NBC quits, rips NAB

Net cites org's opposition to deregulation

WASHINGTON — NBC formally resigned from the National Assn. of Broadcasters on Tuesday while accusing the trade org of refusing to push for deregulation of an industry that faces competitive threats from cablers, satellites and the Internet.

NBC’s withdrawal comes just three days after it lost its board member vote for failure to pay dues for WNBC. But the Peacock web had been talking about resigning for several months. Fox resigned from the NAB over similar public policy differences.

Ownership expansion

The central issue between the networks and the NAB is the former’s push for deregulation of national ownership caps. The affils want to keep the current cap, which limits broadcast companies to a 35% of national audience reach through their owned stations.

The affils argue that the networks are already too powerful and granting them the right to own more stations will make it tougher to negotiate compensation and scheduling.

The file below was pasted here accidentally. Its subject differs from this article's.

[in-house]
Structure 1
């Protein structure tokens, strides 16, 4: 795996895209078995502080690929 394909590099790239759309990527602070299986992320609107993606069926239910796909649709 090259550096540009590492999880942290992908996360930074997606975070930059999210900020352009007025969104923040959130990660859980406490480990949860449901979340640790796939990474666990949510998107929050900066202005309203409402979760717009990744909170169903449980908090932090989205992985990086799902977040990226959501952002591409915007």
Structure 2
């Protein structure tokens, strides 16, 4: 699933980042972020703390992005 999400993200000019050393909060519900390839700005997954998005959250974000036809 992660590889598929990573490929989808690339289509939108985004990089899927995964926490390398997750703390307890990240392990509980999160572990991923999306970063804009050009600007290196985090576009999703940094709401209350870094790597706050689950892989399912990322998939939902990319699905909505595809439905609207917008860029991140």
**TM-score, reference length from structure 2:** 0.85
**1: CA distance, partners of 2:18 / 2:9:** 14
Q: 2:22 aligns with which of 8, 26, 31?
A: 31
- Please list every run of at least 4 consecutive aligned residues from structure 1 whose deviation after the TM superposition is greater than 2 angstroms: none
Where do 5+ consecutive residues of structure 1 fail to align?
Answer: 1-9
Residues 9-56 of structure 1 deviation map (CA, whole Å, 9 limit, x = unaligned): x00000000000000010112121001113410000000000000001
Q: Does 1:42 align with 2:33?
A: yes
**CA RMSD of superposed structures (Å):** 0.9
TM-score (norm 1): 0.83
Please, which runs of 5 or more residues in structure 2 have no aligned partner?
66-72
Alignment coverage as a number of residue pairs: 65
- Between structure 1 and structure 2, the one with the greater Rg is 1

The networks insist that the current rules hamper their ability to compete with pay-TV services, including cable and satellite. It is “all too ironic that the NAB is debating regulations from the 1940s at the same time that (America Online) and Time Warner are preparing to merge,” wrote NBC president and CEO Bob Wright to NAB prexy Eddie Fritts.

In NBC’s resignation letter to Fritts, Wright alluded to the differences between the networks and the affils: “Rather than acknowledging the challenges that our industry faces, the NAB’s actions appear to be guided by supporters of the current regulatory structure who find a narrow competitive advantage for their individual companies in today’s anachronistic regulations.”

Challenging FCC

In addition to removal of the current ownership cap, NBC would like to see an end to the Federal Communications Commission-administered Network Affiliate Rules, which regulate the relationship between nets and their affils.

NBC also would like to see the broadcast-cable ownership rules revised so that one company may own a TV station and a cable company in the same market. Such a change could dramatically increase the value of TV stations by creating a broader market of potential buyers. In addition, the Peacock web is pushing to have the dual-network rule repealed to allow one company to own two or more nets.

Although there has been speculation that ABC and CBS will follow the lead of NBC, sources believe that it is not likely at this time.

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